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Seabees Leave Behind Habitat Homes Legacy

Navy construction unit lays foundations for 16 of the low-income houses in Piru before shipping out for the Persian Gulf.

January 21, 2003|Amanda Covarrubias | Times Staff Writer

After laboring in the trenches to help build nearly two dozen affordable homes in Piru, the Navy Seabees are shoving off to prepare for a possible war with Iraq.

Although their presence will be missed at the Habitat for Humanity construction site, the Seabees leave a legacy of goodwill in the tidy homes that make up one of Ventura County's newest neighborhoods.

Seabee units perform base construction and other support tasks for the military.

Part of one unit was deployed to the Mideast in October, Navy spokeswoman Linda Wadley said, and the remainder of the unit's 500 men and women will be joining it soon. The other three units remain in Port Hueneme, but their orders could change.

"This is a time when any military unit would need to be ready," Wadley said.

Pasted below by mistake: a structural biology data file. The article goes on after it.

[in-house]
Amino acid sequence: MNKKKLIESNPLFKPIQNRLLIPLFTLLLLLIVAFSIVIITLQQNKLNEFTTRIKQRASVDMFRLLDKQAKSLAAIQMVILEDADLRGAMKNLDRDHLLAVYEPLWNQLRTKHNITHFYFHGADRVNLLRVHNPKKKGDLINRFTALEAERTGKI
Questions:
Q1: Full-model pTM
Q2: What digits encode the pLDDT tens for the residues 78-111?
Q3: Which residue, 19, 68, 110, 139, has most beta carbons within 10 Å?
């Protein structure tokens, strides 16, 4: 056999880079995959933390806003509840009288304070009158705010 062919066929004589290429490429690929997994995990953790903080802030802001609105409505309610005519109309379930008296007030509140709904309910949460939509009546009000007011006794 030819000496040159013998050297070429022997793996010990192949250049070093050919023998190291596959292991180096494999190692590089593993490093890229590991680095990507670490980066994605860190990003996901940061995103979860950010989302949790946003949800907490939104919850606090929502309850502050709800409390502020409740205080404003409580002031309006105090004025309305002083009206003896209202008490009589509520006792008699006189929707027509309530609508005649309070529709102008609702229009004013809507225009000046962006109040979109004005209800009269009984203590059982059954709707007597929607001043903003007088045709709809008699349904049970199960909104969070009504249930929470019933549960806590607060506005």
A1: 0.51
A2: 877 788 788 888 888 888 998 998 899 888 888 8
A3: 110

In Piru, the Seabees have poured nearly every concrete foundation for the 16 houses built so far in the planned 22-home subdivision off California 126, Habitat construction coordinator Elden Sandy said.

The job requires plenty of muscle to push the wet concrete into shape, a task performed handily by the 20 to 30 Seabees who showed up each Saturday, tools in hand and construction know-how at the ready.

"They've been a major contributor to this project," Sandy said.

For at least seven years, Seabees at Naval Base Ventura County have volunteered with Habitat for Humanity, Sandy said. They work side by side with other community volunteers and the future homeowners, who must contribute at least 500 hours toward construction of their houses.

The slack will be picked up in part by volunteer Albert Luna, a concrete finisher who broke his leg four months ago but has recovered, Sandy said. Luna will oversee foundation work for the remaining houses.

"We're blessed by having Albert coming now that the Seabees can't," Sandy said. "We wish them well and Godspeed getting them home safely."

Habitat for Humanity of Ventura County is a nonprofit Christian organization that strives to eliminate substandard housing and provide safe, clean, affordable shelter. It uses donated land, labor and materials to build homes in partnership with low-income families.

Construction in Piru got underway last year and should be completed this year, Sandy said.

Although the Habitat for Humanity project was not an officially sanctioned Navy activity, Seabees are encouraged to volunteer in their communities, Wadley said.

The Navy base is home to four construction battalions, each with more than 600 men and women.

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